Democrats have labelled the Republican tax bill “government for sale” as Congress sent the historic measure to the president’s desk.
Donald Trump is expected to sign his first major legislative achievement – the biggest rewrite of the US tax code in a generation – in the coming days.
The bill slashes taxes for corporations and the wealthy, while offering mixed, temporary relief to working people.
Prominent Democrat Elizabeth Warren said: “It’s a heist.”
But President Trump, hosting Republican leaders at the White House, said: “We are making America great again.”
He thanked congressional leaders for pushing through what he called “the largest tax cut in the history of our country”.
House Speaker Paul Ryan praised Mr Trump’s “exquisite presidential leadership” for the success of the bill.
Earlier, in a statement, Mr Trump said: “I promised the American people a big, beautiful tax cut for Christmas. With final passage of this legislation, that is exactly what they are getting.”
Because of a procedural glitch, the bill had to be voted on for a second time in the Republican-dominated House of Representatives. It passed 224 to 201 on Wednesday afternoon.
Democrats say that error was caused by Republicans rushing the most sweeping overhaul of the tax system since 1986 through Congress.
In an often secretive process, no public hearings were held and multiple last-minute amendments that were pushed by lobbyists cropped up in the final version.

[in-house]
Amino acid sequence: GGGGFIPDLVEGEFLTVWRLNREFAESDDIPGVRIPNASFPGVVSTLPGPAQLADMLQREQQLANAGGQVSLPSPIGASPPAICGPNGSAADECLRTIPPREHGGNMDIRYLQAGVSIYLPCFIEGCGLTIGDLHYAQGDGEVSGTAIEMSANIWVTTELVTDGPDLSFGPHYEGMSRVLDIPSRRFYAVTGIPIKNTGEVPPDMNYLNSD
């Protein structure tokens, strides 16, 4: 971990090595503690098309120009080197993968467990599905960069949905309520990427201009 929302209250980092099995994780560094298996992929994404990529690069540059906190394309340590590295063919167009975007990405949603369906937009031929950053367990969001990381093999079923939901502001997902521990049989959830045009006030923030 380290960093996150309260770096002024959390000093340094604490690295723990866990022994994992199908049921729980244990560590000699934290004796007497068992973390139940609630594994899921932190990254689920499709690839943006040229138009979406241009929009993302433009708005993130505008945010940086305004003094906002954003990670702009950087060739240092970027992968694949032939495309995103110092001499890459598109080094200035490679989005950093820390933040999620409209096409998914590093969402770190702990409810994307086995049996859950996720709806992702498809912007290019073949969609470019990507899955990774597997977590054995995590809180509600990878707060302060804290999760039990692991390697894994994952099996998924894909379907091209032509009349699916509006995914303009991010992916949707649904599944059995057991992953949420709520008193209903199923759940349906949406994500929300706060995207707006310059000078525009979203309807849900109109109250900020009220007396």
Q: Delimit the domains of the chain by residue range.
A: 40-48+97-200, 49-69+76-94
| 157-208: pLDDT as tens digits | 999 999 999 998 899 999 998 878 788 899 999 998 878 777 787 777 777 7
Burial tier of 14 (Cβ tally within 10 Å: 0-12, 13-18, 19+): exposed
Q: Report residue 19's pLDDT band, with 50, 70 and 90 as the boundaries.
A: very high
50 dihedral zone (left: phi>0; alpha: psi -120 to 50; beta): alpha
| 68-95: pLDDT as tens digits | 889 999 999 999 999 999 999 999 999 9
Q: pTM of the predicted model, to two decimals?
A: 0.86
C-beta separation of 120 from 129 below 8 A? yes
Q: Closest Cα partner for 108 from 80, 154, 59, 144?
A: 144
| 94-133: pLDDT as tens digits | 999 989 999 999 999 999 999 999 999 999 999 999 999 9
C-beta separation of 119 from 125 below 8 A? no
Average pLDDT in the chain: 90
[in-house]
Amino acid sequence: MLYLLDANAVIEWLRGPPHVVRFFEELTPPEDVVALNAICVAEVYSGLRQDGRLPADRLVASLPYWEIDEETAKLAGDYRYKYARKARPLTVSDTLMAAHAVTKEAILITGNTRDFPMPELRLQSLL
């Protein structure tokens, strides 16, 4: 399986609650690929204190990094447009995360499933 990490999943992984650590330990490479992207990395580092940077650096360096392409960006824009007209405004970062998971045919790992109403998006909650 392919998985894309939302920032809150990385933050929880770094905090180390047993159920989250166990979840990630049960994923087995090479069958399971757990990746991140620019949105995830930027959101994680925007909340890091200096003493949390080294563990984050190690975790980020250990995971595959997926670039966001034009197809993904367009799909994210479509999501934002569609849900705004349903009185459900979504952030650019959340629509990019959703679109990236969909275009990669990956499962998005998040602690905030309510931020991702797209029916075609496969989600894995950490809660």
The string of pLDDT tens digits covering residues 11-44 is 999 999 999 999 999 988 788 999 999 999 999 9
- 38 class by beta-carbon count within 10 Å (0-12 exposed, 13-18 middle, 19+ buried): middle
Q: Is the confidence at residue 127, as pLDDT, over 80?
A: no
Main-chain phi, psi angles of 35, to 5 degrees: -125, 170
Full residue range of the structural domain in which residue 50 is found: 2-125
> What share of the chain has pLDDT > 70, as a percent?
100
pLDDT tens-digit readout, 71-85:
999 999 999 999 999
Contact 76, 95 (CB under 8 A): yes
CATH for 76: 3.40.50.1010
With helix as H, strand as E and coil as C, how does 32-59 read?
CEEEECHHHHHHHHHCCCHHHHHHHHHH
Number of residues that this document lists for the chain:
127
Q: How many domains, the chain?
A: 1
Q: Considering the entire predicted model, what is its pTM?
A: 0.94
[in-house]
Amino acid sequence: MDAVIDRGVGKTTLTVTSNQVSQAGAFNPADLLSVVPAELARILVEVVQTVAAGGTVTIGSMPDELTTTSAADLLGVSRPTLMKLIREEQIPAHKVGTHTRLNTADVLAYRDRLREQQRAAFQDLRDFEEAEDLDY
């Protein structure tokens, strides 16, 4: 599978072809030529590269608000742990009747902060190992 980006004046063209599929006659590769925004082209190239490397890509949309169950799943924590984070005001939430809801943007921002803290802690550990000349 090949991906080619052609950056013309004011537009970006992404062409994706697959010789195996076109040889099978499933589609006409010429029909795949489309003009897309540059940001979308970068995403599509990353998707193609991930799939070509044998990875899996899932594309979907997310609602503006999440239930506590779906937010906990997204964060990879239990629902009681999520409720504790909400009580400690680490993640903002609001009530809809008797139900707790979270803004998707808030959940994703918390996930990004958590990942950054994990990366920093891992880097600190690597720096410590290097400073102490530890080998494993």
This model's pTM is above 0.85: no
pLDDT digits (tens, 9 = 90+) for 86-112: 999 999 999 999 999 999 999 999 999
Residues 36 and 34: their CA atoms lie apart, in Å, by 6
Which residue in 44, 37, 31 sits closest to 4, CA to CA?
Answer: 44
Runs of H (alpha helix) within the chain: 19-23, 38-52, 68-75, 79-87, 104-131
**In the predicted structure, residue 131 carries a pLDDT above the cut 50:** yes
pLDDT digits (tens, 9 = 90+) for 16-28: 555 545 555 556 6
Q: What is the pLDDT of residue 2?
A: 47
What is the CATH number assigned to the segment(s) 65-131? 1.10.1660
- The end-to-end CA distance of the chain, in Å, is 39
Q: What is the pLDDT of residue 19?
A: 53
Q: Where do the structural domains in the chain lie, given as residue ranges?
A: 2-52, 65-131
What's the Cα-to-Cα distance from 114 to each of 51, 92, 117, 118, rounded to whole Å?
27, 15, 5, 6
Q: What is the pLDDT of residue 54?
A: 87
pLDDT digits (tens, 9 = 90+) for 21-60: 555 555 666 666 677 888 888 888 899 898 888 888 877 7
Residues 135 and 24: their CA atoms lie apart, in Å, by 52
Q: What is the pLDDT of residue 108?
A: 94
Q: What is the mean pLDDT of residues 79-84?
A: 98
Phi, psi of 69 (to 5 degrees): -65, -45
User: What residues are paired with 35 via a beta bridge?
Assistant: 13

The unpopular bill is likely to be a major issue during next year’s mid-term congressional elections.
Fifty-two per cent of adults said they opposed the tax plan, while only 27% supported it, according to a Reuters/Ipsos poll.
Who wins and who loses?
Non-partisan analysts say the greatest beneficiaries of the package will be the super-wealthy, multinational corporations and the commercial property industry.
In the immediate future, the plan will see the vast majority of taxpayers having lower tax bills, but those cuts expire in 2025.
By 2027, the Tax Policy Center estimates the overall change would be negligible.
And 53% of taxpayers would face higher bills, many of them in the lower income
The bill is projected to add $1.5tn (£1.1tn) over the next decade to the $20tn US debt, which Mr Trump promised last year he would eliminate.
But Republicans argue it will boost economic growth.
The legislation reaches beyond fiscal matters to tick off a wish list of conservative priorities.
It strikes a serious blow to Obamacare, scrapping the fine levied on Americans who do not buy health insurance.
The Congressional Budget Office says this will increase premiums for people who have medical coverage.
The bill also opens Alaska’s Arctic National Wildlife Refuge to oil and gas drilling, a major defeat for environmentalists.